Just 15 years ago, Renault took struggling Romanian auto producer Dacia and turned it into one of Europe’s most successful stories, creating a truly affordable – but modern and functional – brand.
Since the idea worked even better than expected, Carlos Ghosn decided to do the same for a historical Japanese brand that belongs to Nissan – Datsun. So, in July 2013, the Renault Nissan alliance launched – with the necessary fanfare – the equally affordable Datsun brand in India.
The budget carmaker was taken out of decades-long retirement, with Nissan using it for the first time since 1981, and, although recent interviews with executives’ still paint a rosy picture, data shows otherwise.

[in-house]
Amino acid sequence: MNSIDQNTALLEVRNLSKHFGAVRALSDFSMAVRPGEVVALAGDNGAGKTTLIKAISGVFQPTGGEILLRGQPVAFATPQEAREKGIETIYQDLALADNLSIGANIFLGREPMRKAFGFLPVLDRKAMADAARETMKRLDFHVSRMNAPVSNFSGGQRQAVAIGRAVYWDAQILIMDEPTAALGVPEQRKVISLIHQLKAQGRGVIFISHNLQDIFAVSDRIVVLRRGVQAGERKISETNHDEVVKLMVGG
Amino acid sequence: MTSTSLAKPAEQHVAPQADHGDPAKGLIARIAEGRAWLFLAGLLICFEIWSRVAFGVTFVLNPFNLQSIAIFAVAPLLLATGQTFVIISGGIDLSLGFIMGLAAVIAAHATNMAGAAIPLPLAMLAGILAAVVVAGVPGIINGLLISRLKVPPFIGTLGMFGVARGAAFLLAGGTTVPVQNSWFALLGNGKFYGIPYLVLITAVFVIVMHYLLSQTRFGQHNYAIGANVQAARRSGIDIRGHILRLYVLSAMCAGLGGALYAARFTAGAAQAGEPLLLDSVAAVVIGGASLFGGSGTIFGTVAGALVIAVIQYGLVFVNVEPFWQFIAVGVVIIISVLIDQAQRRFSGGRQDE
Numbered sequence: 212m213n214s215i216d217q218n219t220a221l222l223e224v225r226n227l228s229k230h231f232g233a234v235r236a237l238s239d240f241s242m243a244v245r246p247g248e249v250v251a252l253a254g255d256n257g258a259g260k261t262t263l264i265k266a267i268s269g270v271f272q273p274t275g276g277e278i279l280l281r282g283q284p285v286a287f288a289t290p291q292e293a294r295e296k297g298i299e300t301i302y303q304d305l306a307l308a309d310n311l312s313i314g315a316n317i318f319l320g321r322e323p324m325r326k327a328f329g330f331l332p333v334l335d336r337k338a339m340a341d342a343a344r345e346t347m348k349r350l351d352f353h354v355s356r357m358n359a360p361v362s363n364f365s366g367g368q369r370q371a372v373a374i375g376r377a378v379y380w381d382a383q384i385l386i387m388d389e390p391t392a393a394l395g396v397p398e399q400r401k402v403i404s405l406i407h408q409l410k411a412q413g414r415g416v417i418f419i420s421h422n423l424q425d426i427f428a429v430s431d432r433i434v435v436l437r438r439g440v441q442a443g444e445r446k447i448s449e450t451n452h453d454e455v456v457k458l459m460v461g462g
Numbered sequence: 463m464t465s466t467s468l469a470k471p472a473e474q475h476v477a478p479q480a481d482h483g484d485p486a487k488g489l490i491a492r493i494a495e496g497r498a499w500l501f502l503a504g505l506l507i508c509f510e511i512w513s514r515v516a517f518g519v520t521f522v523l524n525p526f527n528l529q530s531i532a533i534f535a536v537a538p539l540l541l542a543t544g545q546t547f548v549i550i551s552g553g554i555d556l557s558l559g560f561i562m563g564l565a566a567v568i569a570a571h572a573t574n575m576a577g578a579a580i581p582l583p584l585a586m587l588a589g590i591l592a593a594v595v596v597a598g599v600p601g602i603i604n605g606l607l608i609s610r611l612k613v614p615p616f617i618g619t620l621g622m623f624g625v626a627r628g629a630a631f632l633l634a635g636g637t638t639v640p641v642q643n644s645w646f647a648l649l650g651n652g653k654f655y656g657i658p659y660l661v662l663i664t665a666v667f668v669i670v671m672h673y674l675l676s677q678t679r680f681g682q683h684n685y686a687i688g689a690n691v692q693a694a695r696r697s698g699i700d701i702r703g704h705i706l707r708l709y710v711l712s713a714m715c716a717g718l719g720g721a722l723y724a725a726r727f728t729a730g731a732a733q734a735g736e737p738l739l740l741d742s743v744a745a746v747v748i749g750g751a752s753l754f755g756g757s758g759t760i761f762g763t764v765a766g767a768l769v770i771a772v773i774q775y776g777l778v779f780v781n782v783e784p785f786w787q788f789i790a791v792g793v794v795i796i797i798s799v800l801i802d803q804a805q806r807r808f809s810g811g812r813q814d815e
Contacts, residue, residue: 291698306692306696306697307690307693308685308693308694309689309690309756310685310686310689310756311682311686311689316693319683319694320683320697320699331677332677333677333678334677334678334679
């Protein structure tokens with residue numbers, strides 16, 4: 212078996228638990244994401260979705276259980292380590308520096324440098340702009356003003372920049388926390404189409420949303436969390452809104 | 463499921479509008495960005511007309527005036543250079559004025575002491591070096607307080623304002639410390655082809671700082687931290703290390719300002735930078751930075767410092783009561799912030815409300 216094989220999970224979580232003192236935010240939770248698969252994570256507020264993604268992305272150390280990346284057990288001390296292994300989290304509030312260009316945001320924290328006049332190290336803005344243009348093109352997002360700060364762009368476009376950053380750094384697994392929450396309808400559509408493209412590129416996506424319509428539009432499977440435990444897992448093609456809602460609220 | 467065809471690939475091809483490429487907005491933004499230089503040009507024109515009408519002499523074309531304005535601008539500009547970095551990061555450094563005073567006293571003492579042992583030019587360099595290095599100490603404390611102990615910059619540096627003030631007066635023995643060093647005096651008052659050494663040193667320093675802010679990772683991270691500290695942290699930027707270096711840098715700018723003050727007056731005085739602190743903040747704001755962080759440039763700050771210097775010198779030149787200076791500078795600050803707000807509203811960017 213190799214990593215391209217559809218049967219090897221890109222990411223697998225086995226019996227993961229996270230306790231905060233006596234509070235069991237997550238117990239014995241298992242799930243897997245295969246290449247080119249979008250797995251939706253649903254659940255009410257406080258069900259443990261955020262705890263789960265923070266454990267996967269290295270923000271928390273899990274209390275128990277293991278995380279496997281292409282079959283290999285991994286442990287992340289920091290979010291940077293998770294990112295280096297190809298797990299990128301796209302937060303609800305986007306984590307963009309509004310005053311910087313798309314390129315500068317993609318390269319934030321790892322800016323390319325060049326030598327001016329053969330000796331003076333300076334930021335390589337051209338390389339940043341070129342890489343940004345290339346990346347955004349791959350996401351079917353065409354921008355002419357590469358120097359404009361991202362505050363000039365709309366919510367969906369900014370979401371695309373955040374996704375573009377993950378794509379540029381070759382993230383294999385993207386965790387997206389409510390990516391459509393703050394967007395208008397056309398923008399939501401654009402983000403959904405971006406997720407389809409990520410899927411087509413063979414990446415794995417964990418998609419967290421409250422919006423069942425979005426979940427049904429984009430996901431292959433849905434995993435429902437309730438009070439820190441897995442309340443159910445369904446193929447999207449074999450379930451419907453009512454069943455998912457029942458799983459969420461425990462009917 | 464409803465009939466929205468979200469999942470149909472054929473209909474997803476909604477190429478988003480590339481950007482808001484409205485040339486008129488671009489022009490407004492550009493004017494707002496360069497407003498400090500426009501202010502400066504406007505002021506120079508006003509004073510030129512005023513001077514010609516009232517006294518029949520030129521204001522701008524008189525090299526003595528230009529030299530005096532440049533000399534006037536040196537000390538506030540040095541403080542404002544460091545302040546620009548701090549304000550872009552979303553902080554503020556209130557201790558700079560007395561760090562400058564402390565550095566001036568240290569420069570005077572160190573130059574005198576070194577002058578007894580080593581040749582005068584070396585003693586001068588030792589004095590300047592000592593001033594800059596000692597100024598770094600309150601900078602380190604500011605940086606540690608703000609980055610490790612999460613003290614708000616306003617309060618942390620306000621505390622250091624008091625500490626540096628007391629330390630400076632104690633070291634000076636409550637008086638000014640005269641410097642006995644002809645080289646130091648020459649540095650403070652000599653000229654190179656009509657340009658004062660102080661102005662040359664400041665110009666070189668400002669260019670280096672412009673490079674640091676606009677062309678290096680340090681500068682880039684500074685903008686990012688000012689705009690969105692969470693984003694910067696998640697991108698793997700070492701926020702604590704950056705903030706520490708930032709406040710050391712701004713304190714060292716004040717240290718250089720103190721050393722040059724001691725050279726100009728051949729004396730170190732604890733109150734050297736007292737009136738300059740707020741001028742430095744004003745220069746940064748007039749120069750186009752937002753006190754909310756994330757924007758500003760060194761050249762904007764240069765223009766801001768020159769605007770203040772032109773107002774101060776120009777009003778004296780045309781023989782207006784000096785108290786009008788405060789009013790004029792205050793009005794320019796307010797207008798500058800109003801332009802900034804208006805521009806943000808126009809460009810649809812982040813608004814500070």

Datsun has lost its team on the recovering Indian market, with deliveries dropping for three of the past four months – in July even below the well-known Tata Nano flop. In Indonesia, the sales need to rise even further to meet their full-year target, while Russia – another key market – has been hit by the huge economy turmoil.
The Datsun brand, albeit with models that yield lower profit margins, is an important part of the company’s overall strategy for emerging markets, as the Renault Nissan alliance targeted it towards the countries that showed the biggest growth potential.